Friday, 12 December 2014

History of the Christmas Tree part 2

The History of Christmas Trees

A Christmas Tree with gold baublesCones on a Fir TreeThe first first person to bring a Christmas Tree into a house, in the way we know it today, may have been the 16th century German preacher Martin Luther. A story is told that, one night before Christmas, he was walking through the forest and looked up to see the stars shining through the tree branches. It was so beautiful, that he went home and told his children that it reminded him of Jesus, who left the stars of heaven to come to earth at Christmas. Some people say this is the same tree as the 'Riga' tree, but it isn't! The Riga tree originally took place a few decades earlier. Northern Germany and Latvia are neighbours.
Another story says that St. Boniface of Crediton (a village in Devon, UK) left England and travelled to Germany to preach to the pagan German tribes and convert them to Christianity. He is said to have come across a group of pagans about to sacrifice a young boy while worshipping an oak tree. In anger, and to stop the sacrifice, St. Boniface is said to have cut down the oak tree and, to his amazement, a young fir tree sprang up from the roots of the oak tree. St. Boniface took this as a sign of the Christian faith and his followers decorated the tree with candles so that St. Boniface could preach to the pagans at night.
There is another legend, from Germany, about how the Christmas Tree came into being, it goes:
Once on a cold Christmas Eve night, a forester and his family were in their cottage gathered round the fire to keep warm. Suddenly there was a knock on the door. When the forester opened the door, he found a poor little boy standing on the door step, lost and alone. The forester welcomed him into his house and the family fed and washed him and put him to bed in the youngest sons own bed (he had to share with his brother that night!). The next morning, Christmas Morning, the family were woken up by a choir of angels, and the poor little boy had turned into Jesus, the Christ Child. The Christ Child went into the front garden of the cottage and broke a branch off a Fir tree and gave it to the family as a present to say thank you for looking after him. So ever since them, people have remembered that night by bringing a Christmas Tree into their homes!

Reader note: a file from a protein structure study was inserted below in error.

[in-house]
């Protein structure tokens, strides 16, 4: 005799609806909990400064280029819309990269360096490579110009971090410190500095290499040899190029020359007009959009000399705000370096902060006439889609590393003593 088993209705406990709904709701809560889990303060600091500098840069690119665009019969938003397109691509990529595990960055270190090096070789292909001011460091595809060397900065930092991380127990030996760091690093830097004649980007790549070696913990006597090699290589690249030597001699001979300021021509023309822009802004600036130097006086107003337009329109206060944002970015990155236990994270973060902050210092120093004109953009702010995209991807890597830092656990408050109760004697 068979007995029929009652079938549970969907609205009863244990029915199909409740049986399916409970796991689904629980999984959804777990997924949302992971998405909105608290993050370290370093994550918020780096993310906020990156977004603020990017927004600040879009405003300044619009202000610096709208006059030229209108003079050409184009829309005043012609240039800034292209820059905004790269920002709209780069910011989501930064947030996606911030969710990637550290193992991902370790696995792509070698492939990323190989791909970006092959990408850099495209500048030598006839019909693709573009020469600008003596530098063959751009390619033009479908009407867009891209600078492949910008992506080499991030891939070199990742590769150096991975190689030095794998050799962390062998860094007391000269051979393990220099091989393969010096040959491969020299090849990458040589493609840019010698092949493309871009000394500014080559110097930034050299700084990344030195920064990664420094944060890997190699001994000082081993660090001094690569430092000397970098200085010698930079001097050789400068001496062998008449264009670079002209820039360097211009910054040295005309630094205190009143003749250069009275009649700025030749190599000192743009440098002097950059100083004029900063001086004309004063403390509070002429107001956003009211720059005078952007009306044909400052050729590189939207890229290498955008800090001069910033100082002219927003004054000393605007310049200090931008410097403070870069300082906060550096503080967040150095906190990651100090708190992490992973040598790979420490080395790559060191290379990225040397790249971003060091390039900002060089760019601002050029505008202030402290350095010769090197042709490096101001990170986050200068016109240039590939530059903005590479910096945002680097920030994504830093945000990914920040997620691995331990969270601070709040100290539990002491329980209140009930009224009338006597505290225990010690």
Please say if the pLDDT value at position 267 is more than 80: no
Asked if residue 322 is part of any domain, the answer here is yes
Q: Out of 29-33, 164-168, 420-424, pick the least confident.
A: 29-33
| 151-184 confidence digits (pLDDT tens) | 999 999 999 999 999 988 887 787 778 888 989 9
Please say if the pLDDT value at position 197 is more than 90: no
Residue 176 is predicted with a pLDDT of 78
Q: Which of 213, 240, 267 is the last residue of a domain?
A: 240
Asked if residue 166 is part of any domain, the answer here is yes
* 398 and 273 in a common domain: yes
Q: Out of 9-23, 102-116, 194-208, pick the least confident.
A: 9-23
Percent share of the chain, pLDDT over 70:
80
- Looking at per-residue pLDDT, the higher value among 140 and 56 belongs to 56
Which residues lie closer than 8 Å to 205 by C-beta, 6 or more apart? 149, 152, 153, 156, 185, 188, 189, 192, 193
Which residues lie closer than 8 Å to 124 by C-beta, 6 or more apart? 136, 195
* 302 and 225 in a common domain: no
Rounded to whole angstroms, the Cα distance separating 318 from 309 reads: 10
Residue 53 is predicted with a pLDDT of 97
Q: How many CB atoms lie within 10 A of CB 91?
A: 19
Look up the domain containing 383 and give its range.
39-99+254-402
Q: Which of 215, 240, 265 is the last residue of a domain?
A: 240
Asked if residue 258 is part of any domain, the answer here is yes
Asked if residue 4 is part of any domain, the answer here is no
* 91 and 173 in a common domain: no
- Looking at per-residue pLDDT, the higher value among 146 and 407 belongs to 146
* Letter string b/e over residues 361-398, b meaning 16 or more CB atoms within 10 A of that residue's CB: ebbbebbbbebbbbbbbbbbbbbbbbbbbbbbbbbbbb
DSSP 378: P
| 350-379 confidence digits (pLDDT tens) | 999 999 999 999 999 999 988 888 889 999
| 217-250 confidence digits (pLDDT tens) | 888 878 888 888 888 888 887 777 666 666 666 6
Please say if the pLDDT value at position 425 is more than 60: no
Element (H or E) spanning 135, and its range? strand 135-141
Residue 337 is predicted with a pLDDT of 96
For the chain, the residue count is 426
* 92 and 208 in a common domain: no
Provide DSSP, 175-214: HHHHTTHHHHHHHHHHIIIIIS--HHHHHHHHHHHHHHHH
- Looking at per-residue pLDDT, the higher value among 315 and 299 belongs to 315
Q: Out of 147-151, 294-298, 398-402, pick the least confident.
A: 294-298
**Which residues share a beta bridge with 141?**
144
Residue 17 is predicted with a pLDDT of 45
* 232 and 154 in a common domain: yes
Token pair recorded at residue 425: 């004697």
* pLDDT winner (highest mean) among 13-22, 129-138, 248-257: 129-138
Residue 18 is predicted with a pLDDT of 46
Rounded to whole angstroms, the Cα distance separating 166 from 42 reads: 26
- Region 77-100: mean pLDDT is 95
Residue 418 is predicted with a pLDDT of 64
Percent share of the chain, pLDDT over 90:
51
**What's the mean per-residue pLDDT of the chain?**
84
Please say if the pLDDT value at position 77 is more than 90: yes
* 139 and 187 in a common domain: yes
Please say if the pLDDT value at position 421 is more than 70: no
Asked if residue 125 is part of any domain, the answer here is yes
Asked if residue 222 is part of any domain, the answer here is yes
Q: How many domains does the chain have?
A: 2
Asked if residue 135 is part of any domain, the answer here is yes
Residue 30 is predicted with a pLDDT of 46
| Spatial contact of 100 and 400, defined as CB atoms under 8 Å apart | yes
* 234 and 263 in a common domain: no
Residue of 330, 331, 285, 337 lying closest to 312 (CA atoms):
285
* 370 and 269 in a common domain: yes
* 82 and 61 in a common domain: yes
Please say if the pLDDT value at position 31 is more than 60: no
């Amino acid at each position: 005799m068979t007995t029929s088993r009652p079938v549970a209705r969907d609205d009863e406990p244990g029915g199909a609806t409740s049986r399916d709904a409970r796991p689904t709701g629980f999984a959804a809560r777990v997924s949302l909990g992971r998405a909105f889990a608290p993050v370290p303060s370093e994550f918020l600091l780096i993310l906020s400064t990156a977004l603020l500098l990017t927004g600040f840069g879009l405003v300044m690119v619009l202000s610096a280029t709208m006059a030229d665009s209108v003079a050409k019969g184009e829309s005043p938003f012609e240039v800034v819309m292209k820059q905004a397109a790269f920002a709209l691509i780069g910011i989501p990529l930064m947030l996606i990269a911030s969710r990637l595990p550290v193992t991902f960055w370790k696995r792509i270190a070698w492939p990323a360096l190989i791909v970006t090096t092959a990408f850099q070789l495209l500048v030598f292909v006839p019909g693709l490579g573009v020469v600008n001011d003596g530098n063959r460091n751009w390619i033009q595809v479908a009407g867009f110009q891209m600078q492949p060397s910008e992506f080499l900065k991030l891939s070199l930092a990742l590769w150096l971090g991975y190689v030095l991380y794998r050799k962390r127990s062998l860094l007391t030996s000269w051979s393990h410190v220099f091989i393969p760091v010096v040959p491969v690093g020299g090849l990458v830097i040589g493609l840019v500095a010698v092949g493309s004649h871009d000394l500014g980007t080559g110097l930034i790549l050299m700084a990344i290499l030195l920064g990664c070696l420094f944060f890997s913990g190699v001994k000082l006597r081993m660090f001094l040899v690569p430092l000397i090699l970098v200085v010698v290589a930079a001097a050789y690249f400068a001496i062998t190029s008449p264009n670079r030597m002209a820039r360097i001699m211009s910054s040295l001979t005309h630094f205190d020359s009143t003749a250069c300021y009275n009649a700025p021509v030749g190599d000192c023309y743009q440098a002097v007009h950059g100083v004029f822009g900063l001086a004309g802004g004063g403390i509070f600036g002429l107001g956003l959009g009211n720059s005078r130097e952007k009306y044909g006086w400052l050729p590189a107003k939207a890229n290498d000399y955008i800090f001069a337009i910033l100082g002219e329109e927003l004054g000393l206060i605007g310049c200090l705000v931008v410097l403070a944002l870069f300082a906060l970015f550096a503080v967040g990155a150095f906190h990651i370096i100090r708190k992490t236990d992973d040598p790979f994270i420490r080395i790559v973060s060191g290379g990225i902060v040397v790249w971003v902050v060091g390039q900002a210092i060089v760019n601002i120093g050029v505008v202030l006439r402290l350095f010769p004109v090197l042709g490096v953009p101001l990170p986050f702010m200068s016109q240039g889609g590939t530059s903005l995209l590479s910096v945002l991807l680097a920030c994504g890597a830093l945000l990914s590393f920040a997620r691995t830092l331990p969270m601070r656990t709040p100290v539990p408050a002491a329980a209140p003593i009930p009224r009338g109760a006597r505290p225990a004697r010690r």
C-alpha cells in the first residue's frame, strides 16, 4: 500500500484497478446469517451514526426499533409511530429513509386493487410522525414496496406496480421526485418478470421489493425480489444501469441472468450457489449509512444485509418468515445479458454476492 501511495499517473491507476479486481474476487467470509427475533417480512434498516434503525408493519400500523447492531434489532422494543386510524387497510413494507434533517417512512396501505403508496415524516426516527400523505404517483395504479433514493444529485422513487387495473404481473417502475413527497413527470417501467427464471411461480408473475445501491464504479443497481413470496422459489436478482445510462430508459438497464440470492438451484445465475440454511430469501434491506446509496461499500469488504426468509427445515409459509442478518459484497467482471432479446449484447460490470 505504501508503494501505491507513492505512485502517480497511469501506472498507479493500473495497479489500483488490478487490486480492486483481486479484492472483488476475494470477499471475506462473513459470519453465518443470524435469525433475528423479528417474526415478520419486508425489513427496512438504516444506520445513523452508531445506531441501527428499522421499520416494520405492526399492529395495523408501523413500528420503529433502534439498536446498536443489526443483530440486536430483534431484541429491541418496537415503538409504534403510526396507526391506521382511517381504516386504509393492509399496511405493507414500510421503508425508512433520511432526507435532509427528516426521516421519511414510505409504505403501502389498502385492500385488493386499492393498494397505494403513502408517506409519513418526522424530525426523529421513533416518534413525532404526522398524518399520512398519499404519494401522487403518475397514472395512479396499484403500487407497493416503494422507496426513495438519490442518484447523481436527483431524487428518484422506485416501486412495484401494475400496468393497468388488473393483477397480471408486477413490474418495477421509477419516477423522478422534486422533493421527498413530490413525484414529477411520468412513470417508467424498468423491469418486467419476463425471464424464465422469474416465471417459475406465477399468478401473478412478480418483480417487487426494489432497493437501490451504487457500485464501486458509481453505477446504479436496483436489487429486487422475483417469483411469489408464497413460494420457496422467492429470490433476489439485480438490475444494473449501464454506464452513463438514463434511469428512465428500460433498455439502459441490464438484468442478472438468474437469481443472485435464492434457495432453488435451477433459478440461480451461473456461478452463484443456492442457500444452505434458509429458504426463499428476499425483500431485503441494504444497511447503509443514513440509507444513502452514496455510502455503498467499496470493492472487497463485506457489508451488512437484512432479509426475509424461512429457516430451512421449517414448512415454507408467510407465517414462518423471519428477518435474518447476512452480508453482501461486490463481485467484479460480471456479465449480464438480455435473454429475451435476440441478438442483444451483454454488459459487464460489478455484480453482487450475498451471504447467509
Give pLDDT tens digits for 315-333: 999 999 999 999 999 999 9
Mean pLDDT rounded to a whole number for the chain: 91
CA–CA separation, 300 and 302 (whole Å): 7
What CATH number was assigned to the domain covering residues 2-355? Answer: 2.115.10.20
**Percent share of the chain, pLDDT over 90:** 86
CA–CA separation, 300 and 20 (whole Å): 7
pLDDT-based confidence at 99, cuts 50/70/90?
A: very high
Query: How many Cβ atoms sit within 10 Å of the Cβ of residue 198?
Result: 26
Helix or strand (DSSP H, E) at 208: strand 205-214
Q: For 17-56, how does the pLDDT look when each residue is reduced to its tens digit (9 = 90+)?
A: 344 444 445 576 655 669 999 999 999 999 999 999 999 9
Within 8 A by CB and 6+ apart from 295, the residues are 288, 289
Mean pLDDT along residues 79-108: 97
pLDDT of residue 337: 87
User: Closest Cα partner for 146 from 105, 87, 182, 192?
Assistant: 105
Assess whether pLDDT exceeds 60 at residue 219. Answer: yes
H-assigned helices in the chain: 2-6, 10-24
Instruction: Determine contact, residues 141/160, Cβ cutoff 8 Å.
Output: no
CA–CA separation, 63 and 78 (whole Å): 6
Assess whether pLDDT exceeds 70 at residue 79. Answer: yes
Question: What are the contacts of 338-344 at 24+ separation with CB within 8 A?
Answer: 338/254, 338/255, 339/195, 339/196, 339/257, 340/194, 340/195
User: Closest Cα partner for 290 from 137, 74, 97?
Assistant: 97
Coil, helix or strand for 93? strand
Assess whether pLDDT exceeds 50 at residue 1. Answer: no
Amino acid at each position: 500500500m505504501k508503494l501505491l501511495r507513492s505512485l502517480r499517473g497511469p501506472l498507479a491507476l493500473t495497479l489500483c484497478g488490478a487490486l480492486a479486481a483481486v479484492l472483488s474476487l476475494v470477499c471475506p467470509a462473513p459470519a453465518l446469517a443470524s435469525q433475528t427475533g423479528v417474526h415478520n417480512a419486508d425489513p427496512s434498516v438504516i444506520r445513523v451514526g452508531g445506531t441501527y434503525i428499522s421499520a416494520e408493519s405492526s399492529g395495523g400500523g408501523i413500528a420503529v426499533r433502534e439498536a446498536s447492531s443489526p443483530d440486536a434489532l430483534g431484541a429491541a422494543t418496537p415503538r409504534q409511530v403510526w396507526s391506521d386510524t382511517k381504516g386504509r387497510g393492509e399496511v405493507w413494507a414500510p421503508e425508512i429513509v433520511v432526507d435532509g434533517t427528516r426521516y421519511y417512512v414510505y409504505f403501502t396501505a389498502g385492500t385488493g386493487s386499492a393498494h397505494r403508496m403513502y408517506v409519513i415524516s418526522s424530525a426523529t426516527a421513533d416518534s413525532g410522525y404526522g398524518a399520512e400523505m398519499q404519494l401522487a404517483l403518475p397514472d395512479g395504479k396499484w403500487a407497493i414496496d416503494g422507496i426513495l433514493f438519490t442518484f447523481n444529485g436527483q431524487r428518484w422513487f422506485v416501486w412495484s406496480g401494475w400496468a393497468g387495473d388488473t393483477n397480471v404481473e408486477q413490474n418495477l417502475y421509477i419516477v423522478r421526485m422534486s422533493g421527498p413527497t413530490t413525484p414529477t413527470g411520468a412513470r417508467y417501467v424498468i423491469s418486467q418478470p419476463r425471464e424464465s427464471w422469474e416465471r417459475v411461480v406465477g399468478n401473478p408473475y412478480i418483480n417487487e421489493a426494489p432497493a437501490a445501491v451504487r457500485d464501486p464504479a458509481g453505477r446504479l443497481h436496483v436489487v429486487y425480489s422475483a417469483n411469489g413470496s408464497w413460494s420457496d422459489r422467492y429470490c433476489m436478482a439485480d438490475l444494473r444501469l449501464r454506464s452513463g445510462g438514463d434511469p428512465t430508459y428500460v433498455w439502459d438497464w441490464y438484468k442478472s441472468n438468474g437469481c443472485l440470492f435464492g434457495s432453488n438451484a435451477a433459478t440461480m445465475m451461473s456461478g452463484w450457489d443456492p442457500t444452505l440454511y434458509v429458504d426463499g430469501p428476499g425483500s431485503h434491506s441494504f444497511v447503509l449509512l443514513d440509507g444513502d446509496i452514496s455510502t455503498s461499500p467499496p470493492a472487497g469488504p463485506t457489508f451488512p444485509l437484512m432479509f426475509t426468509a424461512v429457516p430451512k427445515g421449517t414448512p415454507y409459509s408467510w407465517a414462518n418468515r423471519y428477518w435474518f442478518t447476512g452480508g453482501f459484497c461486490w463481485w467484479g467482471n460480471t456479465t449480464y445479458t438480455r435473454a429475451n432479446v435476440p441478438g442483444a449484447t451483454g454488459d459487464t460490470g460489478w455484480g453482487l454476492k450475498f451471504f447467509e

14 comments:

  1. That's very interesting Jo-Anne, and I suppose we will never know which is the correct version, not that it really matters..

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    1. No doesn't matter but interesting all the same

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  2. Well It has something to do with Germany

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  3. Beautiful stories, all of them...

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  4. I love reading these. I also love the true meaning of Christmas. xo

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  5. I love these stories---I wasn't familiar with them. Interesting!

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  6. That was interesting. Regardless of all that, as I'm sure it is with you, I love our Christmas Tree. :-)

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    1. Yes I love my Christmas Tree but it sounds like I may need a new one as it has been making some strange sounds the last week

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  7. We finished decorating our tree yesterday Woo Hoo!

    I love the stories your writing about.

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    1. Thanks, my tree is small and has lights attached but is making some strange sounds so I may need a new one

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A Sunday Post

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